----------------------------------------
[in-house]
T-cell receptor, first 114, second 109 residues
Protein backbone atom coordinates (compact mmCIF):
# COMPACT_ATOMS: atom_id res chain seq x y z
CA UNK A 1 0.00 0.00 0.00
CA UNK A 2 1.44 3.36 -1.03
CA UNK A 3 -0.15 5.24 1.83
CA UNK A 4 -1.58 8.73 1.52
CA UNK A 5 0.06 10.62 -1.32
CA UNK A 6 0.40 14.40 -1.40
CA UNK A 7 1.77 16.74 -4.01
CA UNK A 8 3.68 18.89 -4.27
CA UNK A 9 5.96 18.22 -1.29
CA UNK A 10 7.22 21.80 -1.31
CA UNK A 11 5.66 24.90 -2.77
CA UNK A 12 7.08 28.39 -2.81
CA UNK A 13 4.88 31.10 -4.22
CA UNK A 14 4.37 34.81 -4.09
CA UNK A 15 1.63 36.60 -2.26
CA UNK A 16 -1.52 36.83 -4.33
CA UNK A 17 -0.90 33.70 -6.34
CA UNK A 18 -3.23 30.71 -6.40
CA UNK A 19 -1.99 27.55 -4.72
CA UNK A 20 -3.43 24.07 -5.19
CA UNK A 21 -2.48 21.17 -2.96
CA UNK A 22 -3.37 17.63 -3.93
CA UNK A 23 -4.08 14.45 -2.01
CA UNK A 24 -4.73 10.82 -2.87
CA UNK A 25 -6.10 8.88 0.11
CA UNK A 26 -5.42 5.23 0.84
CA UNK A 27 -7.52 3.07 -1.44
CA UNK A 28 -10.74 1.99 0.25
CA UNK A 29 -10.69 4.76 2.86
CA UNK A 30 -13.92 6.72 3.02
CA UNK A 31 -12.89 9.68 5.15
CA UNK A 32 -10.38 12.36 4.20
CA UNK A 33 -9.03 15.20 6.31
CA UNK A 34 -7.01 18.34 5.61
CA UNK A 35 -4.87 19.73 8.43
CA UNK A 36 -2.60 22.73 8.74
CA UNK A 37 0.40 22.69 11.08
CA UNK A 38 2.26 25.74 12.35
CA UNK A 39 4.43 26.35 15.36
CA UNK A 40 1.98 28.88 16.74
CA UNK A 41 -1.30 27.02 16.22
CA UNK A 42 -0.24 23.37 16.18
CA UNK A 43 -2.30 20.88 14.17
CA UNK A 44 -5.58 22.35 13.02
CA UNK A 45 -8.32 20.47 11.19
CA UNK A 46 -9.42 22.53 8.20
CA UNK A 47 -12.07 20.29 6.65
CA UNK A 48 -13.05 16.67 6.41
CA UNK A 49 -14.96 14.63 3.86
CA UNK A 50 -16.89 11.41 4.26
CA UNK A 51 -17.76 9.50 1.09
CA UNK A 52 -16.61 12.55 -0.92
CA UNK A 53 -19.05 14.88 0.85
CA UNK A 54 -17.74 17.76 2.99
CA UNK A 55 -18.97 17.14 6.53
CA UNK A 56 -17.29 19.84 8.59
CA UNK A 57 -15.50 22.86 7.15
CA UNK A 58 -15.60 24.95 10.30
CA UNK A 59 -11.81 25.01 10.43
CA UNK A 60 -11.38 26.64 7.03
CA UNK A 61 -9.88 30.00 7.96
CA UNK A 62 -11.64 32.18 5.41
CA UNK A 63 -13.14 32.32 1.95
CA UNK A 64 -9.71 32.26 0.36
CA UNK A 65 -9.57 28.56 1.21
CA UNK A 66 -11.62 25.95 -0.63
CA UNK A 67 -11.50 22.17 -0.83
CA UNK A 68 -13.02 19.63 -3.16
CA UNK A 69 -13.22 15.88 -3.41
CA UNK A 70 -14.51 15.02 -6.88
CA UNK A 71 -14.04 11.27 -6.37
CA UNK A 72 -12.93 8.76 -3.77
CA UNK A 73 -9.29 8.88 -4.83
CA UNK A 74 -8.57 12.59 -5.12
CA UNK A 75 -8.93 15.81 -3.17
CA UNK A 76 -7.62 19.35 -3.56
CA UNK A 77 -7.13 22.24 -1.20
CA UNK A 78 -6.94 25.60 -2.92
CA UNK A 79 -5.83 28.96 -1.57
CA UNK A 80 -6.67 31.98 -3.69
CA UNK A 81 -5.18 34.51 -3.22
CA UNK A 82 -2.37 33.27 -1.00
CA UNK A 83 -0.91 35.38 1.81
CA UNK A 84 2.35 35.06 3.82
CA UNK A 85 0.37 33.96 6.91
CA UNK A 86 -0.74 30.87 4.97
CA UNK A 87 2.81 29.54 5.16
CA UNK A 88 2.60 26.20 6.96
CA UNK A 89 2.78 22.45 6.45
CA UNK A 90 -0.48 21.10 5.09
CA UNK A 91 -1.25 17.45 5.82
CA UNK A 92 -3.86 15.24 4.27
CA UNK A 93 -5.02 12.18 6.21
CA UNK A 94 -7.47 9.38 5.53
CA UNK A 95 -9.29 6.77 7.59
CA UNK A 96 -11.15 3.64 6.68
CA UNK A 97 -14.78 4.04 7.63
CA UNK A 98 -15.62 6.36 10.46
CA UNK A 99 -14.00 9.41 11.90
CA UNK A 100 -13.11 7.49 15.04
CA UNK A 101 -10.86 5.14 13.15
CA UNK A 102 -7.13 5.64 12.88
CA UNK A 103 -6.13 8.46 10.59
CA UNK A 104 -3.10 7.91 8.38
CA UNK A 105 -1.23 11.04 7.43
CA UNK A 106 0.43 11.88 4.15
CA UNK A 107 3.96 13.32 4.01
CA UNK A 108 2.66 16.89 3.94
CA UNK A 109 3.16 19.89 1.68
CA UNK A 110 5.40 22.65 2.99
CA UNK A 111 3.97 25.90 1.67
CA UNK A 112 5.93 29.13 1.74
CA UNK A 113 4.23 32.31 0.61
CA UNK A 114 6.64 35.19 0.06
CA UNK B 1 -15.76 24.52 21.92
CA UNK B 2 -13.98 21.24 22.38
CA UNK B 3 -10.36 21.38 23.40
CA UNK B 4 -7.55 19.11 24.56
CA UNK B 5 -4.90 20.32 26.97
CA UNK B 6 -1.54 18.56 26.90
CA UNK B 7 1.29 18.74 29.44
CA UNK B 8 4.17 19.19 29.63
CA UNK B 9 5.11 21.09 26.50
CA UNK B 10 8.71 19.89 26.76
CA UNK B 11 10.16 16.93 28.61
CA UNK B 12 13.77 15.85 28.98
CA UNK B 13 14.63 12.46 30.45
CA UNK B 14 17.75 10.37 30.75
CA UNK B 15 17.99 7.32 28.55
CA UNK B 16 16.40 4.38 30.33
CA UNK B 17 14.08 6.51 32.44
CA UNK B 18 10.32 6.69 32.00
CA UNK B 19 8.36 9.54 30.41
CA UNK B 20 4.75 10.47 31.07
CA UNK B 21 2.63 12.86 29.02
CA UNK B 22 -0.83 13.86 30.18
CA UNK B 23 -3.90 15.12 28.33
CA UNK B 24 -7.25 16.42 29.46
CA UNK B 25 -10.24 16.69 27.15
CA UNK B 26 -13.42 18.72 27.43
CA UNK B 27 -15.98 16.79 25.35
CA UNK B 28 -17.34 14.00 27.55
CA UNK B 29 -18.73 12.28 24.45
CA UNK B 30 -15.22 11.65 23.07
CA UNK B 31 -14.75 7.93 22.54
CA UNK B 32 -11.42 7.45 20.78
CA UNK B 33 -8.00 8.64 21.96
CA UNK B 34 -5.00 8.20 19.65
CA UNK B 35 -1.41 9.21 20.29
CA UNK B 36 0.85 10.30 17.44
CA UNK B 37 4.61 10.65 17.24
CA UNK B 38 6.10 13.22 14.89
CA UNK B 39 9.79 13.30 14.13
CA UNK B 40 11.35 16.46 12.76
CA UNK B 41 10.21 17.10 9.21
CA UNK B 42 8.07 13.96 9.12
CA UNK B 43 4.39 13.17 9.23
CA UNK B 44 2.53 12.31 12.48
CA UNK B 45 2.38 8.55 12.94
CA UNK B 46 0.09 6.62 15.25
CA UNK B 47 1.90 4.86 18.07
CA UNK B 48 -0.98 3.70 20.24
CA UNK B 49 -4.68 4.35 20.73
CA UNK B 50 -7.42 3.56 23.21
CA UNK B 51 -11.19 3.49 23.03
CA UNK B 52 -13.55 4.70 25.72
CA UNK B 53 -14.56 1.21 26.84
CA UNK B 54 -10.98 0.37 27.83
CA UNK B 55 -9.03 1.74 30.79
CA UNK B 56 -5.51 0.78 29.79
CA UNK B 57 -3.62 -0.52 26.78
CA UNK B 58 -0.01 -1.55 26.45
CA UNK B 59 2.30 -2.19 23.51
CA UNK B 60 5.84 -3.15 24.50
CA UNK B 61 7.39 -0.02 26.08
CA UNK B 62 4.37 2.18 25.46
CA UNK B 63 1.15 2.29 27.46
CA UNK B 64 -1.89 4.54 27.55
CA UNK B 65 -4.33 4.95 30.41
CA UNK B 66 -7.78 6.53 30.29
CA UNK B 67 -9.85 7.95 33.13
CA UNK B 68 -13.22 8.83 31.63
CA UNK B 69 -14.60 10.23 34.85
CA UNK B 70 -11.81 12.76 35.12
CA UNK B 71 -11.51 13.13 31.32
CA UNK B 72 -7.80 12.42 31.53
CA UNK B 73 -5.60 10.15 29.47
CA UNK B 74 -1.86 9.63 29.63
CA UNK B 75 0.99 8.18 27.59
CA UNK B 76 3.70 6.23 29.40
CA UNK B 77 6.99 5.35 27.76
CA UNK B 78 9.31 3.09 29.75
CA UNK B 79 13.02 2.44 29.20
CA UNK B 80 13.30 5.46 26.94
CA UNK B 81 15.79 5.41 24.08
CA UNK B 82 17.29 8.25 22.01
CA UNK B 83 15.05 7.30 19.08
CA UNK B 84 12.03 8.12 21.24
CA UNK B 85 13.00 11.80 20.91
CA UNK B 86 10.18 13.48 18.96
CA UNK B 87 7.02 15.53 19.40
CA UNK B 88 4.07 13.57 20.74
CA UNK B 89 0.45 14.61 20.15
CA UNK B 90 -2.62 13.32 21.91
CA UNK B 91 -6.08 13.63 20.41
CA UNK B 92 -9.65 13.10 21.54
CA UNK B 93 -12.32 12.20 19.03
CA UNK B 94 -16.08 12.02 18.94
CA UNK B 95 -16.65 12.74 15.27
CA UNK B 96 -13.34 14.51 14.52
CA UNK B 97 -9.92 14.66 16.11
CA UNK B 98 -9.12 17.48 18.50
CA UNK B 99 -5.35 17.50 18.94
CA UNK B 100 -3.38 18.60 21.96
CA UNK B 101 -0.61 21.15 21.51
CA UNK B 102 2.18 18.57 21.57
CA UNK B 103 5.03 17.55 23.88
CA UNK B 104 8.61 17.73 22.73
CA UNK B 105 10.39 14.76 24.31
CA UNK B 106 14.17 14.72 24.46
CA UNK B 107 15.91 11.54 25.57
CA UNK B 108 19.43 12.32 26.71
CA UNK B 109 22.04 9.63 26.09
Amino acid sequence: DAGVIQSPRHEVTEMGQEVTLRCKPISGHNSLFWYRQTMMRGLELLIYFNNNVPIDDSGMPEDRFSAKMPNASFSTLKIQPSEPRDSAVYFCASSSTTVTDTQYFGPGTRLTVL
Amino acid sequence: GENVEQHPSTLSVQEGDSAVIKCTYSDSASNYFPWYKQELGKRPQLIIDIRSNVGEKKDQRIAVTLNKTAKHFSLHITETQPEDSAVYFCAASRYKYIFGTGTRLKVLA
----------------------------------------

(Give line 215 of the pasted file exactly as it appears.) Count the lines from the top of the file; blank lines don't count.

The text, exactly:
CA UNK B 97 -9.92 14.66 16.11